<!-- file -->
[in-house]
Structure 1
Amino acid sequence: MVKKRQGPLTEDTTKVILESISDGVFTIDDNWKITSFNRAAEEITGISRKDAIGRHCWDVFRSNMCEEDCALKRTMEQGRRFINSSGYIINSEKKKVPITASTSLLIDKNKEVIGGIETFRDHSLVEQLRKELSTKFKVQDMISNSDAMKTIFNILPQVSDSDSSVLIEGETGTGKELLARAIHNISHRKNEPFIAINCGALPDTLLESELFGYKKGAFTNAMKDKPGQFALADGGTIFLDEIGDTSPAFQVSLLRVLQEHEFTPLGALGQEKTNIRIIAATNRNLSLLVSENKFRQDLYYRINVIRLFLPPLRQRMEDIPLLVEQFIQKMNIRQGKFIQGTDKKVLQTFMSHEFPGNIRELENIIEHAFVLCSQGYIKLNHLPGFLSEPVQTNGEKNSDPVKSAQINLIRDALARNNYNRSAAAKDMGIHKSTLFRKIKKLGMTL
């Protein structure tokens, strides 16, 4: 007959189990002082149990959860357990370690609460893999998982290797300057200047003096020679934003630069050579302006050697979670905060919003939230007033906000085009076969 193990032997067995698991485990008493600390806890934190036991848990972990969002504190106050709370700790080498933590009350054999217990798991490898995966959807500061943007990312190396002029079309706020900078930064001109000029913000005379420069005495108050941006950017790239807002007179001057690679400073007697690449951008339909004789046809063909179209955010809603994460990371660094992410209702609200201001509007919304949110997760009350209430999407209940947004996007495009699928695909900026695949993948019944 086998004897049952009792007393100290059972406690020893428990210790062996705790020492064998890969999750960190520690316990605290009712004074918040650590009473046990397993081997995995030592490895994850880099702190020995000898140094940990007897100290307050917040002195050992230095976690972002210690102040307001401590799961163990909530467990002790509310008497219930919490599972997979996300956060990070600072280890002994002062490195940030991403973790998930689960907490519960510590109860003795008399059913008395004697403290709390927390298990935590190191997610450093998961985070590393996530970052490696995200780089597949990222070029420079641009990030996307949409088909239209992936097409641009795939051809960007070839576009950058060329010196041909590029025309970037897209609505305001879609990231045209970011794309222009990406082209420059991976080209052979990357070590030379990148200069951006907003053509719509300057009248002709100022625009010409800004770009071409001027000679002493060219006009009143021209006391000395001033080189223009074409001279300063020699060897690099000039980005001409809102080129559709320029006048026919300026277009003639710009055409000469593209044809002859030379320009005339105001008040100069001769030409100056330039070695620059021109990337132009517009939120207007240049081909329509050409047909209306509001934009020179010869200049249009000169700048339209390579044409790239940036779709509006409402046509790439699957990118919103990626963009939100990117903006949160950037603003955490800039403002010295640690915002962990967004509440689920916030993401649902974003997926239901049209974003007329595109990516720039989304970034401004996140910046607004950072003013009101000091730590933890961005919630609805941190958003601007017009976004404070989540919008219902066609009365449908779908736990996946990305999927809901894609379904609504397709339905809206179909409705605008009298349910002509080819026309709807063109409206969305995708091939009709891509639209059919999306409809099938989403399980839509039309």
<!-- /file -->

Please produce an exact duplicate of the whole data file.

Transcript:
[in-house]
Structure 1
Amino acid sequence: MVKKRQGPLTEDTTKVILESISDGVFTIDDNWKITSFNRAAEEITGISRKDAIGRHCWDVFRSNMCEEDCALKRTMEQGRRFINSSGYIINSEKKKVPITASTSLLIDKNKEVIGGIETFRDHSLVEQLRKELSTKFKVQDMISNSDAMKTIFNILPQVSDSDSSVLIEGETGTGKELLARAIHNISHRKNEPFIAINCGALPDTLLESELFGYKKGAFTNAMKDKPGQFALADGGTIFLDEIGDTSPAFQVSLLRVLQEHEFTPLGALGQEKTNIRIIAATNRNLSLLVSENKFRQDLYYRINVIRLFLPPLRQRMEDIPLLVEQFIQKMNIRQGKFIQGTDKKVLQTFMSHEFPGNIRELENIIEHAFVLCSQGYIKLNHLPGFLSEPVQTNGEKNSDPVKSAQINLIRDALARNNYNRSAAAKDMGIHKSTLFRKIKKLGMTL
């Protein structure tokens, strides 16, 4: 007959189990002082149990959860357990370690609460893999998982290797300057200047003096020679934003630069050579302006050697979670905060919003939230007033906000085009076969 193990032997067995698991485990008493600390806890934190036991848990972990969002504190106050709370700790080498933590009350054999217990798991490898995966959807500061943007990312190396002029079309706020900078930064001109000029913000005379420069005495108050941006950017790239807002007179001057690679400073007697690449951008339909004789046809063909179209955010809603994460990371660094992410209702609200201001509007919304949110997760009350209430999407209940947004996007495009699928695909900026695949993948019944 086998004897049952009792007393100290059972406690020893428990210790062996705790020492064998890969999750960190520690316990605290009712004074918040650590009473046990397993081997995995030592490895994850880099702190020995000898140094940990007897100290307050917040002195050992230095976690972002210690102040307001401590799961163990909530467990002790509310008497219930919490599972997979996300956060990070600072280890002994002062490195940030991403973790998930689960907490519960510590109860003795008399059913008395004697403290709390927390298990935590190191997610450093998961985070590393996530970052490696995200780089597949990222070029420079641009990030996307949409088909239209992936097409641009795939051809960007070839576009950058060329010196041909590029025309970037897209609505305001879609990231045209970011794309222009990406082209420059991976080209052979990357070590030379990148200069951006907003053509719509300057009248002709100022625009010409800004770009071409001027000679002493060219006009009143021209006391000395001033080189223009074409001279300063020699060897690099000039980005001409809102080129559709320029006048026919300026277009003639710009055409000469593209044809002859030379320009005339105001008040100069001769030409100056330039070695620059021109990337132009517009939120207007240049081909329509050409047909209306509001934009020179010869200049249009000169700048339209390579044409790239940036779709509006409402046509790439699957990118919103990626963009939100990117903006949160950037603003955490800039403002010295640690915002962990967004509440689920916030993401649902974003997926239901049209974003007329595109990516720039989304970034401004996140910046607004950072003013009101000091730590933890961005919630609805941190958003601007017009976004404070989540919008219902066609009365449908779908736990996946990305999927809901894609379904609504397709339905809206179909409705605008009298349910002509080819026309709807063109409206969305995708091939009709891509639209059919999306409809099938989403399980839509039309």